Report Shows Use of Telehealth Growing Faster Than Use of Other Alternative Care Sites
April 04, 2019
Independent non-profit FAIR Health’s second annual report shows the nation’s use of telehealth (also called telemedicine) grew 53 percent from 2016 to 2017, outpacing increases in utilization at the other alternative care sites studied.
By comparison, national use of urgent care centers grew 14 percent, followed by retail clinics with 7 percent growth, and ambulatory surgery centers with 6 percent. Use of Emergency Departments (EDs) decreased 2 percent, but EDs continued to have the largest share of all medical claims among the care sites studied.
The report’s conclusions are based on analysis of 28 billion commercial insurance claims, the largest repository in the country.
According to the report, private insurance claims for telehealth services increased more than 1200 percent from 2012 to 2017. The report also analyzes the “who, where, and why” of telehealth usage during 2016 and 2017:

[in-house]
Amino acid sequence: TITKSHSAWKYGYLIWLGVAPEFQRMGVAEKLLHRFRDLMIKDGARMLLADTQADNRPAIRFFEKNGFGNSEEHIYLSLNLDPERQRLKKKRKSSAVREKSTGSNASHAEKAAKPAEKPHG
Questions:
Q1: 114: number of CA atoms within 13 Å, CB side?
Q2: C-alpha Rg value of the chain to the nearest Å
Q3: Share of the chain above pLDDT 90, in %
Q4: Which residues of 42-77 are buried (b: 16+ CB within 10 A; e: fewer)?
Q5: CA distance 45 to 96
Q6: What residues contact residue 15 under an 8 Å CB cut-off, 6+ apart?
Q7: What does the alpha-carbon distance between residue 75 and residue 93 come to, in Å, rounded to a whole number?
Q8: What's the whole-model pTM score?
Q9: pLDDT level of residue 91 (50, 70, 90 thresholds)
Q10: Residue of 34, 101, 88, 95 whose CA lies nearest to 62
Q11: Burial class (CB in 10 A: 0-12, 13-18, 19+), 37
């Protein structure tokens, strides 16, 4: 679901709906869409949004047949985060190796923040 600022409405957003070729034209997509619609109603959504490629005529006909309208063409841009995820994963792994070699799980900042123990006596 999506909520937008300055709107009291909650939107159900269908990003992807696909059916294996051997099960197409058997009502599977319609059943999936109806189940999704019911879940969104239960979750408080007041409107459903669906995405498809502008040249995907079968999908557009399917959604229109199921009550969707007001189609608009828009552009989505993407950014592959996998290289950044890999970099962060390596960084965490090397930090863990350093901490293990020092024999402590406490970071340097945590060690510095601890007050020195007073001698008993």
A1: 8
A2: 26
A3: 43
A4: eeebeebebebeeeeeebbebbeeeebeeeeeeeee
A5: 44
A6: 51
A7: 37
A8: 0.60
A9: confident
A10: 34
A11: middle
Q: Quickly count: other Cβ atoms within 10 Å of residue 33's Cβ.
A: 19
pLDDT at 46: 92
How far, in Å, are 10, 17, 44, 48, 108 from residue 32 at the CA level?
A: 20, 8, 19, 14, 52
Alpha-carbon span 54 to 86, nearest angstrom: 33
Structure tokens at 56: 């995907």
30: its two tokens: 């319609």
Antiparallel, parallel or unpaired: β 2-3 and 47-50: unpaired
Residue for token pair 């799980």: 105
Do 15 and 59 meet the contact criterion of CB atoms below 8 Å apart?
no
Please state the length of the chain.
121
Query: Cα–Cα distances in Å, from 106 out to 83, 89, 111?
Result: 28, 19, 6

- Consumers aged 31–60 accounted for the biggest share (44%) of claims, but use by children and young adults grew.
- Usage in both rural and urban areas increased, with stronger (55%) growth in urban settings as opposed to slower (29%) growth in rural settings.
- Top diagnostic categories were injury, acute respiratory infections, and digestive system issues.
- Mental health reasons were the number one diagnostic category during 2016, but dropped to number five during 2017.
The report notes that telehealth usage has increased as more states put in place laws to support the adoption of this method of care delivery. Analysis of which states used telehealth the most during 2017 ranks Oklahoma, Wyoming, Ohio, Hawaii, and West Virginia at the top, based on telehealth claims as a percentage of all claims in that state. Pennsylvania fell toward the lower end of the spectrum.
HAP and the Pennsylvania hospital community continue to urge Pennsylvania to enact legislation that defines telemedicine, puts in place key consumer protections to ensure that care is delivered by licensed clinicians, and expands insurance coverage for telemedicine services.
For more information, contact Stephanie Watkins, HAP’s vice president, state legislative advocacy, or Tim Ohrum, HAP's vice president, grassroots advocacy.